Instead of overly relying on the past history of the country we live in, we should try to open our minds to what happened to the rest of the world and learn from it. One could always argue if one specific comparison is significant or not, or if a coarse rule of thumb (e.g. 75% global) applies in every case, but at least, this represents a solid foundation of real-life facts and history to reflect upon. The author believes that this study makes a convincing case to seek a fairly high exposure to global (or international) equities, while keeping a significant tilt towards domestic equities. Some readers might perceive otherwise, but should at least have more factual material to refine their thinking and possibly question their home country bias.
FWIW, reading the above articles re-framed my thinking about international investing. I had always kept about 30% in international, but I now think of the allocation as 67% World + 33% U.S., which works out to be ~30% international. The nice thing about thinking in terms of World+U.S. (where World Includes U.S.), is that one's portfolio will track global macro growth trends, which may not mean revert over one's investing horizon (or ever?).

Taking another perspective, it does seem that the countries with the best returns and SWR for domestic only were those that had relatively stable and strong currencies. Japan is the exception, but it had a huge speculative growth bubble that popped, so fairly explainable there. So anyway, for the domestic-only crowd, I suspect that it will turn out okay if the dollar remains relatively strong and stable and you keep an eye on valuations.
"Buy-and-hold, long-term, all-market-index strategies, implemented at rock-bottom cost, are the surest of all routes to the accumulation of wealth" - John C. Bogle

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Re: It's not enough to mumble "Stay the Course"... INT'L Investing has been a disaster!

Post by HuckFinn » Fri Aug 17, 2018 12:33 am

bligh wrote:
Thu Aug 16, 2018 6:34 pm
9 pages in. I have to ask. Has a single person changed their position having read or participated in this thread? :shock: :oops:


:sharebeer
Hi Bligh,

A few observations from the Original poster,

1) There is sufficient factual data in these posts to conclude that International investing has not been necessary in our lifetime and may never be.

2) There is also sufficient factual data in these posts to conclude that International investing can be beneficial in maintaining the most all-weather portfolio going forward - especially given the very large valuation gap between domestic and foreign funds right now.

Ongoing concern: - The original post described a scenario where an investor with a purely domestic $ 2 million balanced portfolio (65% Stock/35% bond) would have outperformed the investor who followed Vanguards 40% INTL equity recommendation by $710,762. Performance chasing is not the major issue at hand to me. As other posters have noted Internationals lagging is not a recent phenomenon but over twenty years. If ten years from now we repeat this exercise and see a similar outcome is it time to change our recommendations? More specifically, I still strongly question Vanguards Target Date and Life Strategy funds pouring billions of investor money overseas by locking into the 40% number and Vanguards continual International recommendations. Though some posters have made great points our concerns linger that Vanguards actions and recommendations ill suit US investors to the benefit of our foreign counterparts.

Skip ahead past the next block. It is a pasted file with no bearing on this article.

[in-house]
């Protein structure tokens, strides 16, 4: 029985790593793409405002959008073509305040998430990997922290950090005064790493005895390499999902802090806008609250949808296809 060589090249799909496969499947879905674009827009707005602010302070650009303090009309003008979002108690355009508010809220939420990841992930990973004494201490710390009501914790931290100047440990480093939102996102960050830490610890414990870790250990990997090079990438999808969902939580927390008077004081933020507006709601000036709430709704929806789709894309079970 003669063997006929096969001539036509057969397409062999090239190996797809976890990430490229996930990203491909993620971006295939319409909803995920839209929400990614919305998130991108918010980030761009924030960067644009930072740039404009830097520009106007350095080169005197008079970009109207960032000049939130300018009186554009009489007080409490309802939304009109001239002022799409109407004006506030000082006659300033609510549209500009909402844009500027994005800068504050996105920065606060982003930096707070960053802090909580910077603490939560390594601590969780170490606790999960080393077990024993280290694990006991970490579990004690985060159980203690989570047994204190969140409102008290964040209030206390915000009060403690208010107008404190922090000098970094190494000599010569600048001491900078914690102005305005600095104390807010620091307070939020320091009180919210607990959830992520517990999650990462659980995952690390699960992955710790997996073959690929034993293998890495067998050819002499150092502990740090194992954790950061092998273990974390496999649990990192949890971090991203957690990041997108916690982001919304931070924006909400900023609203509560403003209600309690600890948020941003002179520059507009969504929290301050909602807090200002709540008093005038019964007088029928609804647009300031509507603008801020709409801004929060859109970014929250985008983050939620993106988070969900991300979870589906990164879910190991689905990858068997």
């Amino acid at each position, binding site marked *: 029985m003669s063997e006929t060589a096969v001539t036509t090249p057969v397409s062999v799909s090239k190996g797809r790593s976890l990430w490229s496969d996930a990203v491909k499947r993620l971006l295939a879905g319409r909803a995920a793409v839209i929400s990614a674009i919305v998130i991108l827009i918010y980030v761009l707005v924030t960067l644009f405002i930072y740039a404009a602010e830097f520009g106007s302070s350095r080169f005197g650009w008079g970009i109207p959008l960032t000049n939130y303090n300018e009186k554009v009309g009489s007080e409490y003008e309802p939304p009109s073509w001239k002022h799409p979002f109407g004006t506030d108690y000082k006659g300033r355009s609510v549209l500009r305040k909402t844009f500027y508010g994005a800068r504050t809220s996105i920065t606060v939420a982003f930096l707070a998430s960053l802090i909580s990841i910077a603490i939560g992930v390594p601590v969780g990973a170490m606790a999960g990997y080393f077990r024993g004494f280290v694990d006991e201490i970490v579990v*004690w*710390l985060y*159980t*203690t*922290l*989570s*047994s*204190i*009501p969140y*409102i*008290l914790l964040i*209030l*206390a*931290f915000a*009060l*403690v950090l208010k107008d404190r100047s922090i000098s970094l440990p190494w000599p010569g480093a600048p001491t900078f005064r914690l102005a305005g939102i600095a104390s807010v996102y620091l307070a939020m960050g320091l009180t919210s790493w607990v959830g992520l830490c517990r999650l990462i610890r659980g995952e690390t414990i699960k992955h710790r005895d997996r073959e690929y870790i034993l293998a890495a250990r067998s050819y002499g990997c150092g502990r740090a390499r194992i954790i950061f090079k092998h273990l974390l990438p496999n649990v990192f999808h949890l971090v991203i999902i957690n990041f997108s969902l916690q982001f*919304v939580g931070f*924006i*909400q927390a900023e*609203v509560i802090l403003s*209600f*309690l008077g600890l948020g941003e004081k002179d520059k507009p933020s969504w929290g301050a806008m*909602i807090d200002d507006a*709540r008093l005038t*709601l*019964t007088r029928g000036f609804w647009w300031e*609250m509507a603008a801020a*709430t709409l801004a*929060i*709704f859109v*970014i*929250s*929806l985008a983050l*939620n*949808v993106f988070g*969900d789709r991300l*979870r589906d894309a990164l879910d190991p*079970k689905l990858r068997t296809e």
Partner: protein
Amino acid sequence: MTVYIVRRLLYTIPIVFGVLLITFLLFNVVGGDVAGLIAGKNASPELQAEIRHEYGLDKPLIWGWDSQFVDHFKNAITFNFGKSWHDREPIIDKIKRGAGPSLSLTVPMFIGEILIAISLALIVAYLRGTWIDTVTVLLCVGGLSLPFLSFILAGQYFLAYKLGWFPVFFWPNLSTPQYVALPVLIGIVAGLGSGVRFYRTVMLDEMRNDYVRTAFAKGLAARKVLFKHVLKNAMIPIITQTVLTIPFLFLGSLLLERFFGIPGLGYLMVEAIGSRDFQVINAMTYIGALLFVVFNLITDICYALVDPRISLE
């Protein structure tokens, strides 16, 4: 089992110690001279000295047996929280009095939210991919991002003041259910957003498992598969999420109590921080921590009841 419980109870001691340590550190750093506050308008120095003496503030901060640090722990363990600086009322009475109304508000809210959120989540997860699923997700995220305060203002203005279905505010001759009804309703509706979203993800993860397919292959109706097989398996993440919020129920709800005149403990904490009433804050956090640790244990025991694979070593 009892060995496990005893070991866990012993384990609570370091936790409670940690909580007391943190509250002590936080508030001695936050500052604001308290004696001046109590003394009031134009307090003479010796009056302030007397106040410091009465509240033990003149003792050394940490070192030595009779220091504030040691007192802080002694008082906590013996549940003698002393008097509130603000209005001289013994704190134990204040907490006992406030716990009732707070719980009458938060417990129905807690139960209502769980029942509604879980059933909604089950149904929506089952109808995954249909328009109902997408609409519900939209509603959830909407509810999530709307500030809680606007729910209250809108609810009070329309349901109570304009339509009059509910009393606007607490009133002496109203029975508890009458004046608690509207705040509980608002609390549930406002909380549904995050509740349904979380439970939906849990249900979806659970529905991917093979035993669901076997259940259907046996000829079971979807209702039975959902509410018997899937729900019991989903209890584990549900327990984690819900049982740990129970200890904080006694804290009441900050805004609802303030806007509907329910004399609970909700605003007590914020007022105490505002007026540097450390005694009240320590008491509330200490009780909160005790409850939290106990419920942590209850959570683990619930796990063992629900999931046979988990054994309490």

Physicians bled patients for thousand of years before realizing it was doing more hard then good. 20+ years of inferior International performance... At what point does our own script change about International? If it lags for 30 years, 40 years? Never...?

Action we have taken after posting and reading through the responses:

1) Over the last 15 years our International percentage of our equities has slowly decreased from about 40% to 20% as of January 1st this year. In the beginning of the year we committed to 20% being our International equity percentage. We drifted off course and began dumping more International bringing it down to as low as 14% a few weeks ago. Yesterday we decided to add the 6% back into Internationals and go back to our original 20%

The reasons we reversed course and restored our 20% International position:

A) Taylor's reminder about "Staying the Course". Taylor was instrumental in our families portfolio construction and despite the title of this post that mantra has served us well. We don't want to muck things up.

B) We require a portfolio that is pretty weather proof even at the expense of performance (within reason..) I have an intuition that the US will continue to outperform foreign equities unless there are major changes in our economic system. But.. I'm often wrong frequently enough to hedge my bets.